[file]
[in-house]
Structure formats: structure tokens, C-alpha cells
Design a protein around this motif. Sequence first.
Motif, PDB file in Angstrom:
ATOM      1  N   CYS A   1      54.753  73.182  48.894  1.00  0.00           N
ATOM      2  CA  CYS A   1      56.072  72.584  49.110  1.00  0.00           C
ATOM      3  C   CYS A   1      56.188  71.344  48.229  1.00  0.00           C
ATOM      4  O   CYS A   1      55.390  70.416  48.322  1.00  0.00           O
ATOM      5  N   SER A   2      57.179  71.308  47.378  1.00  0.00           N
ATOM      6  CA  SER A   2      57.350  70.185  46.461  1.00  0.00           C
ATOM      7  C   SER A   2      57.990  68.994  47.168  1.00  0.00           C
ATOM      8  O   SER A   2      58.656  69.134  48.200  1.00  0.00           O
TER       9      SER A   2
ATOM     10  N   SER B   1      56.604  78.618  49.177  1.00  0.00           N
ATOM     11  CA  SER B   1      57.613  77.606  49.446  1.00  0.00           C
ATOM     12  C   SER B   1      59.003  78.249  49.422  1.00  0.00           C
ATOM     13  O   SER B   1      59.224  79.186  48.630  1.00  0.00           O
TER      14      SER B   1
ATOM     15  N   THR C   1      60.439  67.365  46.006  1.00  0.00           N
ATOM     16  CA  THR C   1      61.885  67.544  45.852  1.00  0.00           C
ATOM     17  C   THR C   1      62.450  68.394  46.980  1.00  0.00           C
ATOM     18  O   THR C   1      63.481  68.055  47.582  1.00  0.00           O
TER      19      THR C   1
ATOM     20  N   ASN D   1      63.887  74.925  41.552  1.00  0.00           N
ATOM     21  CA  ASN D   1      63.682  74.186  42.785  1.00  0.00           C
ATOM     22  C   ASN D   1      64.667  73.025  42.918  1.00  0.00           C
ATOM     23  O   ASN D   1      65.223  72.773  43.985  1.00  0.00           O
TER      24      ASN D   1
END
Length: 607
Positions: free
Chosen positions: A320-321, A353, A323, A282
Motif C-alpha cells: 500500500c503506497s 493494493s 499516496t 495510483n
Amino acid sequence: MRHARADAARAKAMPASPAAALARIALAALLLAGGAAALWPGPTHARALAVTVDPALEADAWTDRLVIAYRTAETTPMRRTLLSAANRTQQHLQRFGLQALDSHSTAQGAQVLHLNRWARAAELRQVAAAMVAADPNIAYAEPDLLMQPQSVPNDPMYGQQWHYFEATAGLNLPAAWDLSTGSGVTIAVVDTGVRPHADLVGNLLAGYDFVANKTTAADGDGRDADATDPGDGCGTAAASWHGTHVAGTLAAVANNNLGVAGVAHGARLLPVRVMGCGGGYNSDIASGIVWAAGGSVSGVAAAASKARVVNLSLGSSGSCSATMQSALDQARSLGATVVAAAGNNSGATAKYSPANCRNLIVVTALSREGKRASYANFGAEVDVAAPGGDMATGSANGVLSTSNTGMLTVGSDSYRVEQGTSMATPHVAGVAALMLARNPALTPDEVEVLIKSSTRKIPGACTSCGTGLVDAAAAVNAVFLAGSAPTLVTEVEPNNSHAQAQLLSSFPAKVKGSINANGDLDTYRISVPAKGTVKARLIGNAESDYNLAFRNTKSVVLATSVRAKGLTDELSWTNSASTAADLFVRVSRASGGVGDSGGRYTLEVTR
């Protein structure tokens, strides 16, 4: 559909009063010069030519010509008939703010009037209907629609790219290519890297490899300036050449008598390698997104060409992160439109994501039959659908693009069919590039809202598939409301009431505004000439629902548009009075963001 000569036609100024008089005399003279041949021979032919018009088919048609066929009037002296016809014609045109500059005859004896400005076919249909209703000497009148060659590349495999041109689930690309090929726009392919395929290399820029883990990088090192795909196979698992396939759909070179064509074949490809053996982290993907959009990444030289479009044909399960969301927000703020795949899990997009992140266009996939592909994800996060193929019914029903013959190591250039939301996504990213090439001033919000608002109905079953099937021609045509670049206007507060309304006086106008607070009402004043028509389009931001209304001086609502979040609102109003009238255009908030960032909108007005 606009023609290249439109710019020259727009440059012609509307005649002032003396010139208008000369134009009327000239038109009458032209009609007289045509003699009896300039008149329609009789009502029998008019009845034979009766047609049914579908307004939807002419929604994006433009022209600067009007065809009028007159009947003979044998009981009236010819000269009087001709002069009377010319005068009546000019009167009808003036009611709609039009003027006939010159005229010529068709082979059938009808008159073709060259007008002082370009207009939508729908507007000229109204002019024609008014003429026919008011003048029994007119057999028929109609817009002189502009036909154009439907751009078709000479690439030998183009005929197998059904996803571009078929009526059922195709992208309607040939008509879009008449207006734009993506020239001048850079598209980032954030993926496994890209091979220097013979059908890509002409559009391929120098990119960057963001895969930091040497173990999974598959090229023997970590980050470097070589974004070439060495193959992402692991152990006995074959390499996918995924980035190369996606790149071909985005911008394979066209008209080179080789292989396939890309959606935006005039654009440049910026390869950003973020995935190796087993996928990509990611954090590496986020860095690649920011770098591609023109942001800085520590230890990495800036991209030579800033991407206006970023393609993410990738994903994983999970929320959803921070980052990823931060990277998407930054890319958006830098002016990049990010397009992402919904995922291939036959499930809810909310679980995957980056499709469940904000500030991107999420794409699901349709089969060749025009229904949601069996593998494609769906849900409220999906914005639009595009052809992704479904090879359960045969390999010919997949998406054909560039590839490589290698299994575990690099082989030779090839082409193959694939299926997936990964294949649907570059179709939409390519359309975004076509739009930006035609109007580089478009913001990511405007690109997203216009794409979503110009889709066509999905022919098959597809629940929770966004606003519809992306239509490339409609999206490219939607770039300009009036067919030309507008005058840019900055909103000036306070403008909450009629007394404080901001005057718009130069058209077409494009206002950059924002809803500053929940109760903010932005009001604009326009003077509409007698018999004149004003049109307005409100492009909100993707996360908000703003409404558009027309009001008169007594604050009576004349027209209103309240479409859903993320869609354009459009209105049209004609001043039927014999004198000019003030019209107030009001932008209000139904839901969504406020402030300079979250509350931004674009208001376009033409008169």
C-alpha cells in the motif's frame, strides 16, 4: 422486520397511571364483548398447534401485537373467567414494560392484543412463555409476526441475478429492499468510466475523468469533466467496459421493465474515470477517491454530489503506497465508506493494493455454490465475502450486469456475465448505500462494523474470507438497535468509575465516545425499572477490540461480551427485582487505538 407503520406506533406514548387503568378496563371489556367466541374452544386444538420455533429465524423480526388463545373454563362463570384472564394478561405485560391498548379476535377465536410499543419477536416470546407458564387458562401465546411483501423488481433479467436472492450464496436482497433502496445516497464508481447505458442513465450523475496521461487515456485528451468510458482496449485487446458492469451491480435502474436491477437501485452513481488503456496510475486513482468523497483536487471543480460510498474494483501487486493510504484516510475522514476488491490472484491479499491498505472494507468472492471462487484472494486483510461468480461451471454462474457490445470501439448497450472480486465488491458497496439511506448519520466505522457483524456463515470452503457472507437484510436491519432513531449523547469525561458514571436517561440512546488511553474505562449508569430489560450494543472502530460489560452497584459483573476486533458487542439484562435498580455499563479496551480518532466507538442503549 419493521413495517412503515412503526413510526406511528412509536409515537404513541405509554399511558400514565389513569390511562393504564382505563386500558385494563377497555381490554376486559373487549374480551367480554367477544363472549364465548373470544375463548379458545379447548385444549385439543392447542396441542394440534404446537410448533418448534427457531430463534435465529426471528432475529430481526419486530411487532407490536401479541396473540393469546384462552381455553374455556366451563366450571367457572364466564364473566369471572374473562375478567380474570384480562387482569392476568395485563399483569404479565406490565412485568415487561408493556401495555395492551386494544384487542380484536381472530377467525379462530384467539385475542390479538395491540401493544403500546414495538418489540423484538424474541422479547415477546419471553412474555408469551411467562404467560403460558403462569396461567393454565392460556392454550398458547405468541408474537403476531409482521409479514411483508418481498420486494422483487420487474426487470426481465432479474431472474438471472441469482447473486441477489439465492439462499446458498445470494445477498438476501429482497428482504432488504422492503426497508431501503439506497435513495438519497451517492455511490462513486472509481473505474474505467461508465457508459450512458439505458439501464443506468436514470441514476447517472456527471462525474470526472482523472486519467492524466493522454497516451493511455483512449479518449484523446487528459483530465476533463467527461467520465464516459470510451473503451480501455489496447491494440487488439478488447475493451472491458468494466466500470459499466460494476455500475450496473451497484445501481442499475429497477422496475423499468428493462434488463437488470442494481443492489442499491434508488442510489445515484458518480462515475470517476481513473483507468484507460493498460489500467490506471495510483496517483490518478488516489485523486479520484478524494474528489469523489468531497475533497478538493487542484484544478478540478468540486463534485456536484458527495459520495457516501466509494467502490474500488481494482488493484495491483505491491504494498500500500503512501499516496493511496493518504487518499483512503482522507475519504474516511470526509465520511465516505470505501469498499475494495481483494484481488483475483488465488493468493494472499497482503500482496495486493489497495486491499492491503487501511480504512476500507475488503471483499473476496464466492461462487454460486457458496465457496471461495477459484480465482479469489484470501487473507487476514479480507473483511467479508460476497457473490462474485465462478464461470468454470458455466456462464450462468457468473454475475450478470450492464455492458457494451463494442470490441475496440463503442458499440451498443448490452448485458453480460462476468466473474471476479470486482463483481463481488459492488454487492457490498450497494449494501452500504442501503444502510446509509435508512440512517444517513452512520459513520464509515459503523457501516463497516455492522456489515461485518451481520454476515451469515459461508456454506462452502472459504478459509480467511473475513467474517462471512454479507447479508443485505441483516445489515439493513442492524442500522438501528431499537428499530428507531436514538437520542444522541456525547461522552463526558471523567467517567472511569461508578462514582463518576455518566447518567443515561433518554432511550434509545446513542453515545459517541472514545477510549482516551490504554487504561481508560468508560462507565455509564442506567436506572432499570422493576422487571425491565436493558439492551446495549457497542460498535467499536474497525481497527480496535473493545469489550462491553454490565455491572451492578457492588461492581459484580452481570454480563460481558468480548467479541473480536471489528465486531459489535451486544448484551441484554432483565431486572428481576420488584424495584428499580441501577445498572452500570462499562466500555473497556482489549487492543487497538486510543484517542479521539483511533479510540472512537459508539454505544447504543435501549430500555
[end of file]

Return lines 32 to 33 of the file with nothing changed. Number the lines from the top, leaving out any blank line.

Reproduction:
Chosen positions: A320-321, A353, A323, A282
Motif C-alpha cells: 500500500c503506497s 493494493s 499516496t 495510483n